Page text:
Kate Byng-Hall Looks into Hemp and its Many Beneficial Attributes.
Photo by si Janko Ferlic
Hemp plants have long been a material used for a variety of purposes. In fact, it can be utilised in over 10,000 different ways.
The plant has a multitude of advantages: it is able to grow in infertile soil where most other crops wouldn’t survive, it can grow in a variety of temperatures and light-levels, and grows to maturity within 6 months as opposed to the 6 decades it takes for an oak tree to reach the same level. Seemingly, it’s a wonder plant. The only problem is the stigma surrounding its close genetic relation to marijuana.
Industrial hemp, otherwise known as sativa, is taller than marijuana, and contains a fraction of the amount of THC, the hallucinogenic chemical which makes marijuana a popular drug, in comparison. However, their appearances are very similar, and its growth is more restricted than standard crops. Despite this, it is an unbelievably versatile plant.
Uses for Hemp
The strength of the fibres in hemp’s stalks makes it a valuable material for a variety of purposes, and the high levels of CBD oil within it means it can also be put to use in a number of beneficial ways.
Certain parts of the hemp plant are very nutritious for humans, and can be consumed as oil, flour, or even seeds in order to provide nutrients. The CBD oil in the plant is an excellent moisturiser, so has become a fashionable ingredient in skincare products.
Hemp oil can be used in paint, making it non-toxic, environmentally friendly, and longer-lasting than standard oil-based paints. Hemp fibres can be used in clothing such as jeans, sportswear, and lingerie, and is currently used by brands like Armani, Ralph Lauren, Calvin Klein.
The fibres can also be made into paper, reducing the number of trees felled. Fibres can be compressed into a pulp and formed into hemp wood, a substance 20 times stronger than oak which can be used for furniture and other purposes as a more renewable substitute for wood. Hemp can even be used to fortify cement – who would’ve thought a plant could be that strong!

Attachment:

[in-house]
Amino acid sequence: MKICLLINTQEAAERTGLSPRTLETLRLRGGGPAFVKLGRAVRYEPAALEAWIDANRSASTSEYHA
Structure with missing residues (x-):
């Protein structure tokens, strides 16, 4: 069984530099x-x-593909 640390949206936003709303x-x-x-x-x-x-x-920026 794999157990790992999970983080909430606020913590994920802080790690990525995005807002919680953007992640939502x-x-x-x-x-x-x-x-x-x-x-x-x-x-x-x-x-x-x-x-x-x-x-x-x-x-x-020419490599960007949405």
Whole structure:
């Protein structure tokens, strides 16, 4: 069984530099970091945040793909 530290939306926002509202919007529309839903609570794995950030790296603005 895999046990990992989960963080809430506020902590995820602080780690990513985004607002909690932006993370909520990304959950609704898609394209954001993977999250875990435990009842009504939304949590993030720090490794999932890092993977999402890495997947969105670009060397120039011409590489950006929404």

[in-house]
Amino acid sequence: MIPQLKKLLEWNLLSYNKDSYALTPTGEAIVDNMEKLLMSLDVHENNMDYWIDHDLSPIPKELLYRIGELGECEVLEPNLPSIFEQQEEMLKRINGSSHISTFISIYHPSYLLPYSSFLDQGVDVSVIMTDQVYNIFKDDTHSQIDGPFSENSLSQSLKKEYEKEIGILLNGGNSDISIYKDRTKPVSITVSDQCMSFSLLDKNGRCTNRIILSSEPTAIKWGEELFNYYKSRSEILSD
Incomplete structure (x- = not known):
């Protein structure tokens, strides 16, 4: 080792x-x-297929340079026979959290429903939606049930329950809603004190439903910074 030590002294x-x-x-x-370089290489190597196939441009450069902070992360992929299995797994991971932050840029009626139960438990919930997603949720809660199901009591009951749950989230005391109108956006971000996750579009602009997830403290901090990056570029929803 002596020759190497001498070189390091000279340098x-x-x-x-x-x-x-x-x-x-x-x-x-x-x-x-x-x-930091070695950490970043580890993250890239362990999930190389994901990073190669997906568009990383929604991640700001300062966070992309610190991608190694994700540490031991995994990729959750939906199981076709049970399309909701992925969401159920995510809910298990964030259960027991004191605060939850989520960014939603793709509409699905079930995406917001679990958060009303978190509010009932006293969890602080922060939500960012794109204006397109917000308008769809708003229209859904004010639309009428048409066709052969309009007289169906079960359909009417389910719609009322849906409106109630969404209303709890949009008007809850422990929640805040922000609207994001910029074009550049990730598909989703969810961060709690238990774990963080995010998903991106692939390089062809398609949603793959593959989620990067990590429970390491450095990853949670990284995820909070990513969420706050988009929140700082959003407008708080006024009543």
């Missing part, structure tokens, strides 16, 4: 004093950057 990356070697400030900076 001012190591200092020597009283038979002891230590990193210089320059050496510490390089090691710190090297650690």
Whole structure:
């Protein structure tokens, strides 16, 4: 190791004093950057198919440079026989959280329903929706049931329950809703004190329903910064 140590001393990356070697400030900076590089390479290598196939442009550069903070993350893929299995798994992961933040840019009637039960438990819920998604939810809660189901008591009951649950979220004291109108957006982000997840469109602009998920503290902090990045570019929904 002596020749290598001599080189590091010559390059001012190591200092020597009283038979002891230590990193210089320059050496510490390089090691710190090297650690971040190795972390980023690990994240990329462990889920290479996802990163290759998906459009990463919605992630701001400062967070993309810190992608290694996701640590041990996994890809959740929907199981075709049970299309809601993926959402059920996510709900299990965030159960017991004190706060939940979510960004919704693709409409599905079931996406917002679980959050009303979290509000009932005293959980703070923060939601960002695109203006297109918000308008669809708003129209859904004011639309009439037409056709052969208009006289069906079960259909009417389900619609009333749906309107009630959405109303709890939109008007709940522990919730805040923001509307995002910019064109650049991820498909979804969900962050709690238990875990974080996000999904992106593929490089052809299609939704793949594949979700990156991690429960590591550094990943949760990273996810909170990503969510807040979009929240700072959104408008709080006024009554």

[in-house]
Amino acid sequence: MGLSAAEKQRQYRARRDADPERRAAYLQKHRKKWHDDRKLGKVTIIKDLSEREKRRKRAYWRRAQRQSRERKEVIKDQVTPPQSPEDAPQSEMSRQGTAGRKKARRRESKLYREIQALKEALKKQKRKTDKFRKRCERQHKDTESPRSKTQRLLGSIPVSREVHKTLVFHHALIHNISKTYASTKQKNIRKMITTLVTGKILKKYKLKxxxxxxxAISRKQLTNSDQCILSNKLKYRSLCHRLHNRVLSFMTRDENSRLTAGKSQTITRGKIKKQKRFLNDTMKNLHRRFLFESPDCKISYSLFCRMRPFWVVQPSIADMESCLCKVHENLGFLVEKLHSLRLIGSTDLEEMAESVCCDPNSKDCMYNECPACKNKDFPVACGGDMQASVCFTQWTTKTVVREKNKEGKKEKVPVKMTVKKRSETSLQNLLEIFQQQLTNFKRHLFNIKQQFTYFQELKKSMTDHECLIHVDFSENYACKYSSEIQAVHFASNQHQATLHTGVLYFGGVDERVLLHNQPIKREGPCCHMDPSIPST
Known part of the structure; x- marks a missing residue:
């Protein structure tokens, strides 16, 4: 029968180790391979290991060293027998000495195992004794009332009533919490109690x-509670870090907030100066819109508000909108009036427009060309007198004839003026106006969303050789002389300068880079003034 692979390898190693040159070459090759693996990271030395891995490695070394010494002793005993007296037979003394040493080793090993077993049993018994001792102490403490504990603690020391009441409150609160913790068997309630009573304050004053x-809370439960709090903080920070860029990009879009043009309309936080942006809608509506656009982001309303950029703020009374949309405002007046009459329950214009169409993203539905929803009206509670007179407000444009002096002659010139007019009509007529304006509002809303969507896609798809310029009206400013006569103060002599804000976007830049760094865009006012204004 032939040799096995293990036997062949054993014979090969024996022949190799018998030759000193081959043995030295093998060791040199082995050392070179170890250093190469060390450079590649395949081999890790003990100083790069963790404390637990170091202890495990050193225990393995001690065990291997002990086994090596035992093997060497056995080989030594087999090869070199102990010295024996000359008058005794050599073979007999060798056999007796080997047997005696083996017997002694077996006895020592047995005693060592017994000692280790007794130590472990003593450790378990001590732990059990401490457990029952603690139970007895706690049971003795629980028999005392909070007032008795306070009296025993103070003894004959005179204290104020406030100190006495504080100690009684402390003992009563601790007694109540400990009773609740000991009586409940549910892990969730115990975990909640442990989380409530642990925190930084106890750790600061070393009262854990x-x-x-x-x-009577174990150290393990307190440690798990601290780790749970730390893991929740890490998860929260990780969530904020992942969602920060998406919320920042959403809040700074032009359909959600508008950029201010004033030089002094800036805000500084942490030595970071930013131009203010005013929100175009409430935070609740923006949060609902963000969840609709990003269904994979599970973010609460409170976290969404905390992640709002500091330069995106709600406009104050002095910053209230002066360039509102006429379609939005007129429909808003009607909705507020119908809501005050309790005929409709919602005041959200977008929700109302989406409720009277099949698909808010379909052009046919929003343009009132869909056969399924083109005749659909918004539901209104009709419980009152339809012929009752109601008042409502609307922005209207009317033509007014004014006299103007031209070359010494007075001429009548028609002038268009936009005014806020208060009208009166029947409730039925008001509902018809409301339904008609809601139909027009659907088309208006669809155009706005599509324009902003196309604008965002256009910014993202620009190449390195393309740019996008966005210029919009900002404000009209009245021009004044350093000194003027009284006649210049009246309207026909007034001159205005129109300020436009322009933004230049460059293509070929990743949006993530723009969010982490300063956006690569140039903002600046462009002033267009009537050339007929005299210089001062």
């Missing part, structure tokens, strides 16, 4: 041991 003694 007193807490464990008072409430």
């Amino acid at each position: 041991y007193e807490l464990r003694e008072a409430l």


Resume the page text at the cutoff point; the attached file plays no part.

Perhaps the most promising potential use for hemp is as a biofuel. Industrial hemp seeds are a viable resource for creating sustainable diesel fuel, as they can be fermented to create ethanol. A hemp biofuel industry would need little investment with access to existing hemp farms because the seeds, which are normally discarded, could be harvested from the farms and then directly fermented.
Hemp in the UK
In 1533, King Henry VIII made hemp cultivation compulsory by law. For every 60 acres of crops a farmer was cultivating, they had to use about a quarter of their land for the growth of flax or hemp, or else they would face a fine for breaking the law. This is likely because of the crops’ suitability for use in rope to provide for Henry’s growing navy.
Hemp was so valuable in this period, that people could even pay their taxes with it.
There are various drawbacks for British farmers wanting to grow hemp. It is obligatory to obtain a license from the Home Office before anyone is permitted to grow the plant, due to its links to marijuana. Growers must also inform the Home Office about the exact acreage of hemp they’ll be growing, as well as the level of THC in the seeds they are using. Location can also be difficult, as the government is reluctant to allow hemp to be grown close to public spaces. Furthermore, it is currently illegal to use the entire plant in products, meaning some farmers may think growing it in the first place isn’t worth it.
Research is presently being conducted at York University to emphasise the benefits of hemp as a crop to be grown en masse, as well as supporting the idea that the entire plant can be utilised safely and without transgressing the law. If such research reaches strong positive conclusions, hemp could start making appearances in houses around the country, and even in our cars, offering an environmentally alternative to wood and fossil fuels.
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